I began working as a Lecturer in Medieval Literature at the University of Surrey in October 2017, after completing my PhD at the University of Surrey earlier in the year. My doctoral studentship, awarded by the University of Surrey, supported my research on queer time and space in medieval romance and the lays. In this study I analysed Bisclavret, Lanval, Sir Orfeo, Sir Gawain and the Green Knight, and The Wife of Bath's Prologue and Tale.
I specialise in medieval literature, queer theory, and gender theory with a particular focus on queer time, space, and identity. My publications include an article on queerness in Sir Orfeo, an article on Marie de France, alienation and Lanval, and a book chapter on orchards as queer loci in Lanval and Sir Orfeo. I am currently writing a monograph on queer time and space in medieval romance. In addition, I am working on a new project which examines female space as queer space in Sir Thomas Malory's Le Morte Darthur.
Areas of specialism
University roles and responsibilities
- Admissions Tutor for Literature
My research interests include:
- Medieval Literature
- Queer Theory
- Queer Time
- Queer Space
- Medieval Women
- Medieval Culture
- Arthurian Literature
- Monsters and the Supernatural
Postgraduate research supervision
Holly Hallam (2019-) 'An Oceanic Imaginary in Twenty-First Century Science Fiction' (Co-supervisor from 2021 with Donna McCormack (Strathclyde))
Nejwa Al-Ghoraibi (2016-): 'Rewriting Arthurian Female Identity by Twentieth-Century Female Authors: Sampson, Hollick, and Miles' (Co-supervisor from 2019 with Marion Wynne Davies and Suzan Fakahani (KAU)).
Bonnie Grahame-Betts (part-time, 2019-): 'Blurring the Boundaries: Nuns, Women and Writers'. AHRC/TECHNE funded (Co-supervisor with Diane Watt and Patricia Phillippy (Kingston)).
- ELI1018 History of English Literature I
- ELI3051 The Age of Chivalry
- ELI3048 Children's Literature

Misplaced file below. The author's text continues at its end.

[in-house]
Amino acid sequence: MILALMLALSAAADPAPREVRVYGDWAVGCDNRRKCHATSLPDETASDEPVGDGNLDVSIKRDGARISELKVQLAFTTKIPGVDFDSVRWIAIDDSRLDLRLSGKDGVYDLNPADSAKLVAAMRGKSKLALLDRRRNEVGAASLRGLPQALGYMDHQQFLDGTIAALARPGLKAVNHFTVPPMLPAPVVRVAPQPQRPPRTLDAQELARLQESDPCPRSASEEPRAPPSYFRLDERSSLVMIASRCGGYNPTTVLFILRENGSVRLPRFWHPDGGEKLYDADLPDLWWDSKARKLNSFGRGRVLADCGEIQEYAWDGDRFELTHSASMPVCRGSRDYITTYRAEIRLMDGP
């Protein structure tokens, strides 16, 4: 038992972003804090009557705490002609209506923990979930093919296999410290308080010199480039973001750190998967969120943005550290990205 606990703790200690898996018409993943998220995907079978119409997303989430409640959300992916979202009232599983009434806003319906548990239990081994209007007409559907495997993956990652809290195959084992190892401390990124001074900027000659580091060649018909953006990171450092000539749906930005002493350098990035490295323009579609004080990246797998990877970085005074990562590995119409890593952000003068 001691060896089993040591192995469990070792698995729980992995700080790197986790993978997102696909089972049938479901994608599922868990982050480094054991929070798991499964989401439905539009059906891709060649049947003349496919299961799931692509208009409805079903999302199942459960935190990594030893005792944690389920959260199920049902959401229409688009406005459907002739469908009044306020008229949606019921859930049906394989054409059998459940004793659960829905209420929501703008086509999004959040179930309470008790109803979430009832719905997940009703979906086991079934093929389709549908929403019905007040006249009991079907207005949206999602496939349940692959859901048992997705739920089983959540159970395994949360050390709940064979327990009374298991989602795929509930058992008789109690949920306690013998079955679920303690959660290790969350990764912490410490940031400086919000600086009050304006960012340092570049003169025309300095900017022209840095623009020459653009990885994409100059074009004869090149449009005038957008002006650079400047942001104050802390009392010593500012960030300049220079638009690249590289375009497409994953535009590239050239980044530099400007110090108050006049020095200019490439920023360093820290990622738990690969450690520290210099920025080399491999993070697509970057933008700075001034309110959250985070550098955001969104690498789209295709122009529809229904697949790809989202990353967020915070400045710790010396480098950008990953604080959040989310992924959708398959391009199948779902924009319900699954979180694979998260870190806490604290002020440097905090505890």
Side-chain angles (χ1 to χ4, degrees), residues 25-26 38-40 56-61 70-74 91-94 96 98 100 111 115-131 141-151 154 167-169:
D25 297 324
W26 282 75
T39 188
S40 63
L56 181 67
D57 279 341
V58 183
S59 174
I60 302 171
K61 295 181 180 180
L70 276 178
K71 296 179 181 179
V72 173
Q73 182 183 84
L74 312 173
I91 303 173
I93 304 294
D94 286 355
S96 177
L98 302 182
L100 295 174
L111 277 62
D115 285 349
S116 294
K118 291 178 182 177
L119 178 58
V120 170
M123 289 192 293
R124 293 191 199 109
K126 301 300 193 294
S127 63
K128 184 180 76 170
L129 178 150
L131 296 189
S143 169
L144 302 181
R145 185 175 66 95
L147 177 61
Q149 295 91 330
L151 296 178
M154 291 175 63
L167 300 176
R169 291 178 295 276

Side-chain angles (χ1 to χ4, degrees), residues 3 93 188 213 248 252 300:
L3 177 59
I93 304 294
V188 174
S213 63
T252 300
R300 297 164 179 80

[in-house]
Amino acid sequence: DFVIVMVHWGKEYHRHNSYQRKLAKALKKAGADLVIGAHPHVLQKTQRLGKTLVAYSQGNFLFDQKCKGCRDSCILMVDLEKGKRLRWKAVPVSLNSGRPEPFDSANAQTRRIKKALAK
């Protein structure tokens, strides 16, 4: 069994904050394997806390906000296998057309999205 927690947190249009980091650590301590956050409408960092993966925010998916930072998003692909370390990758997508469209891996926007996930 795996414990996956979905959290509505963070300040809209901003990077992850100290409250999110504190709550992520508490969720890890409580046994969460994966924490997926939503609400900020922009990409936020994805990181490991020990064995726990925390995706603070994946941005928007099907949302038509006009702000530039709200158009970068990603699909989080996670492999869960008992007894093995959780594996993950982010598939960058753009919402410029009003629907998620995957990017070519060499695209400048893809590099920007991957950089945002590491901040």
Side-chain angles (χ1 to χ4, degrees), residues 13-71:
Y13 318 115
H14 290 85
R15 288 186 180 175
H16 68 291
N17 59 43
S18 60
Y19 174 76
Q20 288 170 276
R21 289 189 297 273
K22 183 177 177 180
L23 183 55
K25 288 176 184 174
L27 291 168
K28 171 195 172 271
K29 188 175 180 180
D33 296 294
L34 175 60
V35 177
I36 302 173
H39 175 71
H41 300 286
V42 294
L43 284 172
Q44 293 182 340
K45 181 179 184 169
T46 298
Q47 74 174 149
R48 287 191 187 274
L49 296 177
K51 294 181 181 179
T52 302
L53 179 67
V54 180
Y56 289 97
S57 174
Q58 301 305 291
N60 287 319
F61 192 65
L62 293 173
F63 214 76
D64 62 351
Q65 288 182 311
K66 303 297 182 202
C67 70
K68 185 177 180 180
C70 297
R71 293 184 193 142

- ELIM041 The Age of Chivalry
In his archaeological study of elite landscapes in the medieval period, Oliver H. Creighton (2009, 47) states that “[g]ardens were, in a sense, transformative, mediating domestic spaces – carefully managed points of interface between the household and the natural world beyond.” It is the transformative, hybrid and liminal space of the enclosed garden that I will examine in this essay. In particular, I will argue that in Marie de France’s Anglo-Norman/Old French, twelfth-century lay Lanval and the anonymous fourteenth-century Middle English Breton lay Sir Orfeo, the transformative nature of the orchard marks the space as inherently queer and creates the potential for transgressive acts and Otherworldly encounters. In Lanval, the setting of the orchard allows Marie de France to invert common conventions of medieval literature and gender politics to present an alternative gender dynamic between knight and lady. It is also the physical space in which the protagonist Lanval is directly accused of sodomy. In Sir Orfeo, the “ympe-tre” (Sir Orfeo, 70. All Middle English references are from Bliss 1966, and modern English translations from Tolkien 1975, with line numbers) in the orchard functions as a limen to the Otherworld and thus the orchard is presented as a permeable space which is open to the supernatural fairies.